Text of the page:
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Taxation and output growth in Africa

Author

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  • Skinner, Jonathon

Abstract

This paper presents a framework for measuring how the structure of taxation and government spending affect output growth. It is shown that when countries are not following a steady-state growth path, static and dynamic distortions will affect output growth. In particular, taxes can affect output by; (1) reducing the marginal productivity of capital and labour, and (2) reducing the supply of capital and labour. The paper indicates that differences in tax policy can explain a substantial degree of variation in output growth among African countries. While measurement error and the potential for excluded variables suggest that the regression results be interpreted cautiously, the results imply that the structure, and not simply the level, of taxation can play an importantrole for encouraging growth in developing countries.

Suggested Citation

  • Skinner, Jonathon, 1988. "Taxation and output growth in Africa," Policy Research Working Paper Series 73, The World Bank.
  • Handle: RePEc:wbk:wbrwps:73
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    References listed on IDEAS

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    1. Auerbach, Alan J & Kotlikoff, Laurence J & Skinner, Jonathan, 1983. "The Efficiency Gains from Dynamic Tax Reform," International Economic Review, Department of Economics, University of Pennsylvania and Osaka University Institute of Social and Economic Research Association, vol. 24(1), pages 81-100, February.
    2. Seidman, Laurence S, 1984. "Conversion to a Consumption Tax: The Transition in a Life-Cycle Growth Model," Journal of Political Economy, University of Chicago Press, vol. 92(2), pages 247-267, April.
    3. David, Paul A., 1977. "Invention and accumulation in america's economic growth: A nineteenth-century parable," Carnegie-Rochester Conference Series on Public Policy, Elsevier, vol. 6(1), pages 179-228, January.
    4. Koester, Reinhard B & Kormendi, Roger C, 1989. "Taxation, Aggregate Activity and Economic Growth: Cross-Country Evidence on Some Supply-Side Hypotheses," Economic Inquiry, Western Economic Association International, vol. 27(3), pages 367-386, July.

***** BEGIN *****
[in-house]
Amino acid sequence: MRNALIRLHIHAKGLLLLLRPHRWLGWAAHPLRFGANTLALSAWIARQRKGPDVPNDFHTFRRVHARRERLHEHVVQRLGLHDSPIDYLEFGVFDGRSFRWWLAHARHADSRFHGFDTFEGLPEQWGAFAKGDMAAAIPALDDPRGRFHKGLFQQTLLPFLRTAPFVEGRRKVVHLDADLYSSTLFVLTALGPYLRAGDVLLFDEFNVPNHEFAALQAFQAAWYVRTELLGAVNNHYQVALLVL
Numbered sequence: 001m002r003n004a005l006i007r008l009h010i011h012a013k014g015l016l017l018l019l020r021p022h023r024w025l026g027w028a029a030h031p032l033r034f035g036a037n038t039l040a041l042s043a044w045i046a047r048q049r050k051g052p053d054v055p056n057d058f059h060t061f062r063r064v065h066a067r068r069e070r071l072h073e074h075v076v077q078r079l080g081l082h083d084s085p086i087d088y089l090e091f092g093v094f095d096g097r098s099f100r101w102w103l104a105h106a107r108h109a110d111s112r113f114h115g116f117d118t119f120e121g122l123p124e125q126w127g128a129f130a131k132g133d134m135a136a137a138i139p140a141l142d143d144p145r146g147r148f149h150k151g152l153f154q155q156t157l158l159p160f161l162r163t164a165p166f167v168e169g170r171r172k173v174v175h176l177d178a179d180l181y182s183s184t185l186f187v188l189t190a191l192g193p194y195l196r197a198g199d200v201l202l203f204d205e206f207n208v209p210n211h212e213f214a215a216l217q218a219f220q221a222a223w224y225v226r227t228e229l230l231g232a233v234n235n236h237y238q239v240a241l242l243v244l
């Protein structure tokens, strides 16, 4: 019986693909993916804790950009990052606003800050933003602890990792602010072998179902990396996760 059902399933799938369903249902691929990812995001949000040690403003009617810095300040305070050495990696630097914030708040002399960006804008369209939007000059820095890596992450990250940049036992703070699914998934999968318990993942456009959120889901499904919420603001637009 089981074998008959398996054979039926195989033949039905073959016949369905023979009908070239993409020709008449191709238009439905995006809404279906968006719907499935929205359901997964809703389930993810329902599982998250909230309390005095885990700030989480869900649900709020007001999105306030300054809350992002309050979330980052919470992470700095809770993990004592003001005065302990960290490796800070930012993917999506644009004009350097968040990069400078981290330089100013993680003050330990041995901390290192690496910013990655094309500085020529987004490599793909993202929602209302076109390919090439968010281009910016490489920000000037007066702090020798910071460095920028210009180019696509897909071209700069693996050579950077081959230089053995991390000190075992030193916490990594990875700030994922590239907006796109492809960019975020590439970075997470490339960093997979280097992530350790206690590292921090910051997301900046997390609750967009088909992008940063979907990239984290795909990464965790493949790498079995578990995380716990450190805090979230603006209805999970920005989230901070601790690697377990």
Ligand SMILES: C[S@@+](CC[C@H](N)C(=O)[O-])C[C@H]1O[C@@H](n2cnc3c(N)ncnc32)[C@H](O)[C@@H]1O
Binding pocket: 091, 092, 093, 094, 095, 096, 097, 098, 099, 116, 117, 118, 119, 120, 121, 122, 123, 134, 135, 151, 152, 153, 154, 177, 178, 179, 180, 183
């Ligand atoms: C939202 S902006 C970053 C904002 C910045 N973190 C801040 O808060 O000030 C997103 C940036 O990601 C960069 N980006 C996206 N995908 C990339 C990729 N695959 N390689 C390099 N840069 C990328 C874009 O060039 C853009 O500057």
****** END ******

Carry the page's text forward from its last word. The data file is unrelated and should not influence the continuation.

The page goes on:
5. Jaime A. P. de Melo, 1978. "Estimating the Costs of Protection: A General Equilibrium Approach," The Quarterly Journal of Economics, Oxford University Press, vol. 92(2), pages 209-226.
    6. Feder, Gershon, 1983. "On exports and economic growth," Journal of Development Economics, Elsevier, vol. 12(1-2), pages 59-73.
    7. Schneider, Friedrich & Frey, Bruno S., 1985. "Economic and political determinants of foreign direct investment," World Development, Elsevier, vol. 13(2), pages 161-175, February.
    8. Sherman Robinson, 1971. "Sources of Growth in Less Developed Countries: A Cross-Section Study," The Quarterly Journal of Economics, Oxford University Press, vol. 85(3), pages 391-408.
    9. Kormendi, Roger C. & Meguire, Philip G., 1985. "Macroeconomic determinants of growth: Cross-country evidence," Journal of Monetary Economics, Elsevier, vol. 16(2), pages 141-163, September.
    10. Brent, Robert J., 1986. "Lagged reactions in short-run estimates of tax shifting of company income and sales taxes in Kenya," Journal of Development Economics, Elsevier, vol. 20(1), pages 15-32.
    11. Landau, Daniel, 1986. "Government and Economic Growth in the Less Developed Countries: An Empirical Study for 1960-1980," Economic Development and Cultural Change, University of Chicago Press, vol. 35(1), pages 35-75, October.
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    Cited by:

    1. Emmanuel Atta Anaman & Samuel Gameli Gadzo & John Gartchie Gatsi & Mavis Pobbi, 2017. "Fiscal Aggregates, Government Borrowing and Economic Growth in Ghana An error correction approach," Advances in Management and Applied Economics, SCIENPRESS Ltd, vol. 7(2), pages 1-5.

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